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How do I Become a Constitutional Lawyer?

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  • Written By: Alexis W.
  • Edited By: Heather Bailey
  • Last Modified Date: 09 August 2018
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To become a constitutional lawyer you need to get the right education, become certified to practice law and get relevant legal experience. Becoming a constitutional lawyer generally takes several years of hard work, studying and practice. It begins with getting your bachelor's degree and concludes when you are sworn into the federal court system and begin representing clients on constitutional matters.

The first step to become a constitutional lawyer is to go to a four-year undergraduate institution to get your bachelor's degree. While in college, you can major in any subject, since not all schools have pre-law programs. It might be a good idea, however, to major in political science, philosophy or something related to the law. You also want to make sure you get good grades and participate in extra-curricular activities so you have a strong resume when you apply to law school.

Going to law school is the next step to become a constitutional lawyer. To get in, you will need not only good grades and a bachelor's degree, but also a good score on your law school aptitude test (LSAT). This is a test scored out of 180 points that assesses your ability to solve logical puzzles, interpret what you read and understand principles of arguments.

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During law school, some schools will allow you to focus on constitutional law principles. The actual degree you get isn't different — every law school awards a JD, or juris doctorate, to all graduates. Taking a specialized program in constitutional law if your school offers one will simply get you a certification and a notation on your transcript that can help you get a job practicing constitutional law. Even if your school doesn't offer a specialized program or track, though, you can still take courses in constitutional law and policy while in law school if you want to become a constitutional lawyer.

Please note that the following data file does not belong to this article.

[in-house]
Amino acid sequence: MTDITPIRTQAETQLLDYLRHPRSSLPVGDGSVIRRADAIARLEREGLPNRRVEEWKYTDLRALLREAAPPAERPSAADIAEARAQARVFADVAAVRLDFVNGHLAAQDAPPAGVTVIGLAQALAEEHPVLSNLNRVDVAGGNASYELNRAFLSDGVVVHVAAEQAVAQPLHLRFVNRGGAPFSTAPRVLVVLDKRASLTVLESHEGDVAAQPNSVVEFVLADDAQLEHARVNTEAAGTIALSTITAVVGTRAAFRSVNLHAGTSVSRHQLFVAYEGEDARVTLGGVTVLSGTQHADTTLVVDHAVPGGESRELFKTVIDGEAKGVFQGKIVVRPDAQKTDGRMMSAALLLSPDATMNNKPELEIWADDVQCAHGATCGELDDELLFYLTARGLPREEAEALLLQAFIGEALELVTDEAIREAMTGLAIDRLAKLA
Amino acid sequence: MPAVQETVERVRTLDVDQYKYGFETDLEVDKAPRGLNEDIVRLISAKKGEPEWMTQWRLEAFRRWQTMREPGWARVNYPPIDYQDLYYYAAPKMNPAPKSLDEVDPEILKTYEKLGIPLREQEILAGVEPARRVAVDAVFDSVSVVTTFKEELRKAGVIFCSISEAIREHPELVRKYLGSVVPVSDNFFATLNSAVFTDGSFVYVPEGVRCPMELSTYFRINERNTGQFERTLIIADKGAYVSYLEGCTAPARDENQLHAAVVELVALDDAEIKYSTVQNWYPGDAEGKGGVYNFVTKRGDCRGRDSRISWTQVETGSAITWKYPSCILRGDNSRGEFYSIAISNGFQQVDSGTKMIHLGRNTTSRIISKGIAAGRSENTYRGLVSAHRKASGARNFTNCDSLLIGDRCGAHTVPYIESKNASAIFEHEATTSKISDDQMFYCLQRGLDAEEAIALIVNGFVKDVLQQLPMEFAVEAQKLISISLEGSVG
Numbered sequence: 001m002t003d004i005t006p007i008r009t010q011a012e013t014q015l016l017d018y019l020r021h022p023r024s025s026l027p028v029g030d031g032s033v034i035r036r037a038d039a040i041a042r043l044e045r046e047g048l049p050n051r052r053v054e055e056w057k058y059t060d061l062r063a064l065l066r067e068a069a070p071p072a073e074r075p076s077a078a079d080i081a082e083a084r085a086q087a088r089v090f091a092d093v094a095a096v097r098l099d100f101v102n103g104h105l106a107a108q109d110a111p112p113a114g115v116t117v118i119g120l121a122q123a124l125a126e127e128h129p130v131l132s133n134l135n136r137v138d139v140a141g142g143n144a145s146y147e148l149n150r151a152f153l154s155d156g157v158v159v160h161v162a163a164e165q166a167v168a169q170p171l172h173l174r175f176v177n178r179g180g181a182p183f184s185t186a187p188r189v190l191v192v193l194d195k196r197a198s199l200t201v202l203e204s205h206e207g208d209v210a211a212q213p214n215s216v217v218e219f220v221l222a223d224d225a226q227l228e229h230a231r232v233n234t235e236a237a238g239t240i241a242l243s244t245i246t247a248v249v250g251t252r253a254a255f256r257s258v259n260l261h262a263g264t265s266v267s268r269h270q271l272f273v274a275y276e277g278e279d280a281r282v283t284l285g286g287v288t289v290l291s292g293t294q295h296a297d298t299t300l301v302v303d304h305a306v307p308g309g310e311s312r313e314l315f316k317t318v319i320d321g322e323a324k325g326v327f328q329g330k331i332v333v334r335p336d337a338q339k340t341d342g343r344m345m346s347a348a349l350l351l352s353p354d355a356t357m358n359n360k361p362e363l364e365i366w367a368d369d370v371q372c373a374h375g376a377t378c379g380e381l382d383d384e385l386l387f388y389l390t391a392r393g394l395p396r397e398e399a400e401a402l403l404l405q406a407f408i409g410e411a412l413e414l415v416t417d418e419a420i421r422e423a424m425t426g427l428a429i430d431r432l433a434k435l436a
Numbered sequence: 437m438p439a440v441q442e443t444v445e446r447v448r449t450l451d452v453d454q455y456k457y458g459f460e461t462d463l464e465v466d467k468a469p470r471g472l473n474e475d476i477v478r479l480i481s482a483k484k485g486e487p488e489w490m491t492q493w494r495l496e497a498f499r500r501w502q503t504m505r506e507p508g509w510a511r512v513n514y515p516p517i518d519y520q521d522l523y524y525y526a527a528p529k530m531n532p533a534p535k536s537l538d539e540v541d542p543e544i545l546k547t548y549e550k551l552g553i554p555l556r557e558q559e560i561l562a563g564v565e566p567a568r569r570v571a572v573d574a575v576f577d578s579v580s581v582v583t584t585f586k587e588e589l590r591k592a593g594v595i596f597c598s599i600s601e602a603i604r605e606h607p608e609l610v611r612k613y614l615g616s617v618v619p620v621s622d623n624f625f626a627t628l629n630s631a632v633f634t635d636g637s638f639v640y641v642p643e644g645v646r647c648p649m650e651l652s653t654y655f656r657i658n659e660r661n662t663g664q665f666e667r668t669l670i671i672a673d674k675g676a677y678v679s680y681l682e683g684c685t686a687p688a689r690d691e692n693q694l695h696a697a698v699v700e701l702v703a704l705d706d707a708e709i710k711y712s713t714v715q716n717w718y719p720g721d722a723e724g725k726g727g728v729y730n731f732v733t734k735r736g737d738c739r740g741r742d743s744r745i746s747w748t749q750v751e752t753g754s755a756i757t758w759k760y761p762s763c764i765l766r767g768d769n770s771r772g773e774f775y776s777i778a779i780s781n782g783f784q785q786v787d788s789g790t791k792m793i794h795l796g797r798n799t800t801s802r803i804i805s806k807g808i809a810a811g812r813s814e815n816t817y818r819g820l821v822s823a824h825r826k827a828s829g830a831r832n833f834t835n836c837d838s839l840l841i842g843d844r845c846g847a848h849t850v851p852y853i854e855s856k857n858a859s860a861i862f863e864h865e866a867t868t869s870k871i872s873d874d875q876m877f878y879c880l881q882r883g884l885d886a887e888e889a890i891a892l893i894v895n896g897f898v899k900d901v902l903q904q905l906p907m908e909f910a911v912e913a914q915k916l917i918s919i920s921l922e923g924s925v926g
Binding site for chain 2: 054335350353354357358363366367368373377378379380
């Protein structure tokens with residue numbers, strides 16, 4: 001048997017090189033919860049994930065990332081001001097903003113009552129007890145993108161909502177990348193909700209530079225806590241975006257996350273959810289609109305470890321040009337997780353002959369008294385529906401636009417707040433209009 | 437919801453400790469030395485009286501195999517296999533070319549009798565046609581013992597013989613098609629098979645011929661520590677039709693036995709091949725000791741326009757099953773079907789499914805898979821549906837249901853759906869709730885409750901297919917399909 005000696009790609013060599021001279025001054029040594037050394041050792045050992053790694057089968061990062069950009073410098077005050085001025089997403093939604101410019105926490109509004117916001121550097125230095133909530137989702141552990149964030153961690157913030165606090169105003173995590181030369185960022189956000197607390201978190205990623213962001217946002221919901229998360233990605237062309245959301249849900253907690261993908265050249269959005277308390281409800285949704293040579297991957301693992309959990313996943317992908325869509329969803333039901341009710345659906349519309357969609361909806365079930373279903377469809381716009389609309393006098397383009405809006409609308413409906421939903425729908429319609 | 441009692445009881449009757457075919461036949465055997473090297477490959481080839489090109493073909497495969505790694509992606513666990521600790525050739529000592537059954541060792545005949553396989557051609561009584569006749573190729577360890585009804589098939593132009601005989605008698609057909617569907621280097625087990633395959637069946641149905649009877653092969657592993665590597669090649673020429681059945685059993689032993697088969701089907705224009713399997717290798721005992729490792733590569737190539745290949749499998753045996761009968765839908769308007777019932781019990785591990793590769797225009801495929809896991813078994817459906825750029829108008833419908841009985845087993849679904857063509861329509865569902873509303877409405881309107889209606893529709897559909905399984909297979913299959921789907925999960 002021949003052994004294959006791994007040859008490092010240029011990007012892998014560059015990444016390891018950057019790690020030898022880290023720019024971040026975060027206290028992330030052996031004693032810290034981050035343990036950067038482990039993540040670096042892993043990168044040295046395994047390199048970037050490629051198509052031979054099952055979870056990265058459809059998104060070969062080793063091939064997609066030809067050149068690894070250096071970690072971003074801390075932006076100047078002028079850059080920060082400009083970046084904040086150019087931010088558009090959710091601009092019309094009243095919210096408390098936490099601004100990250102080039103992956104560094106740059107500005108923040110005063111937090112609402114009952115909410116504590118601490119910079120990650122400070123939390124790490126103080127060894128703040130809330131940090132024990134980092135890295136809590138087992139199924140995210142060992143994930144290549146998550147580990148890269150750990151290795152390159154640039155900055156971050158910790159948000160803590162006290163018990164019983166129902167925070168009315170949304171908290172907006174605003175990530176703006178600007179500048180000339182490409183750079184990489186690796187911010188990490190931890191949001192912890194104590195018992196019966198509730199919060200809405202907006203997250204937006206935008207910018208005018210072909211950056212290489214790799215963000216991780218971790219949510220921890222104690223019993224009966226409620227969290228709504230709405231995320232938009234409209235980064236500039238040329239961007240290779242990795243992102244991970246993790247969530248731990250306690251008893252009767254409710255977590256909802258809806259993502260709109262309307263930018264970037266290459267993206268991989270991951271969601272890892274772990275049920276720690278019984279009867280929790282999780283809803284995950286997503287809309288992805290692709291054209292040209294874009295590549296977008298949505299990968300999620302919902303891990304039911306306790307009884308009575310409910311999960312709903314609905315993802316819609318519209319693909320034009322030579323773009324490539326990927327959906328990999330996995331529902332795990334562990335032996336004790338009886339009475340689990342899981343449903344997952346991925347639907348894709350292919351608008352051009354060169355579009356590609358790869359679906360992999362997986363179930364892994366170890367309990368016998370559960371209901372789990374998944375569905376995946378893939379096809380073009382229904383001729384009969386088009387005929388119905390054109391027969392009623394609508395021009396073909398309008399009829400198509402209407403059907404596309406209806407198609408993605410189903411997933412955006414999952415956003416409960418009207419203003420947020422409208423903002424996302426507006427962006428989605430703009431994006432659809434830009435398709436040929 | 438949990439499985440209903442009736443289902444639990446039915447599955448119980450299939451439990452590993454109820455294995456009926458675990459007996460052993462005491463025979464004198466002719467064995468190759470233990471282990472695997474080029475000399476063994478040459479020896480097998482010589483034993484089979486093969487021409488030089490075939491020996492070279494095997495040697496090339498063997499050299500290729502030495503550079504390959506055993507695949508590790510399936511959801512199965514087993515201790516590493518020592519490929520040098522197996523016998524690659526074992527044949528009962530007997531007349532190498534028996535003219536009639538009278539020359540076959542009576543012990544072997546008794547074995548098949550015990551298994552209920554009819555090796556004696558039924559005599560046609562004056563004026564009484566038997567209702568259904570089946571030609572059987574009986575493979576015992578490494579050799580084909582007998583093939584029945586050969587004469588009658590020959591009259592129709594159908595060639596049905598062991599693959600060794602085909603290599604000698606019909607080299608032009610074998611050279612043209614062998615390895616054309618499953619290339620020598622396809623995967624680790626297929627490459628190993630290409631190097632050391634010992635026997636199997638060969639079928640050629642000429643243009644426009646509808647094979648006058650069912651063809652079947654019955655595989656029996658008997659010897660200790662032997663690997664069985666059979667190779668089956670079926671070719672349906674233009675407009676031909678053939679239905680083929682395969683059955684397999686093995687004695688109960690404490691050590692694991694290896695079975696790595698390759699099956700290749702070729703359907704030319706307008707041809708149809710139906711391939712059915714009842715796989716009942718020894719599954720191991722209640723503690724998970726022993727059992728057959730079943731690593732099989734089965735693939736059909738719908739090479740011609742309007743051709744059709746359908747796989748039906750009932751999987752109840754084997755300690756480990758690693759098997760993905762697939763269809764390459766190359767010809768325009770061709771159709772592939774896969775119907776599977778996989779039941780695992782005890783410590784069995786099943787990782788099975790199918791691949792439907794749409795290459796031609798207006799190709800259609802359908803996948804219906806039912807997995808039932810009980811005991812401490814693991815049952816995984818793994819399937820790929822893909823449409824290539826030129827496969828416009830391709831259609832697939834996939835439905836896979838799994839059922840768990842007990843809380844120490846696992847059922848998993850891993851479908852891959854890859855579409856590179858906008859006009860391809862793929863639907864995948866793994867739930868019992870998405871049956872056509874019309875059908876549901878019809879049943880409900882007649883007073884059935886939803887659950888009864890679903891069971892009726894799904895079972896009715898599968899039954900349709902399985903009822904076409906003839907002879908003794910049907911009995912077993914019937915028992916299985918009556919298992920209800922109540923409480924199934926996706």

Upon graduating, the next step is to take the bar exam in your state. This is a closed book exam that tests your knowledge of all areas of law, including the Constitution. It is given on a state by state basis, so you will need to take it where you want to practice. Upon passing, you will take an oath and be sworn in to practice law.

Since the Constitution is a federal law and handled in federal court, you also need to be sworn in to practice in federal court. This requires a recommendation from a lawyer in good standing. Once you have this and have taken your oath, the next step is to begin working for an organization that practices constitutional law. You will need to get this work experience and work for such a firm if you want to become a constitutional lawyer, since those who have constitutional questions will likely go to large and established law firms or public interest networks, such as the American Civil Liberties Union, to bring cases.

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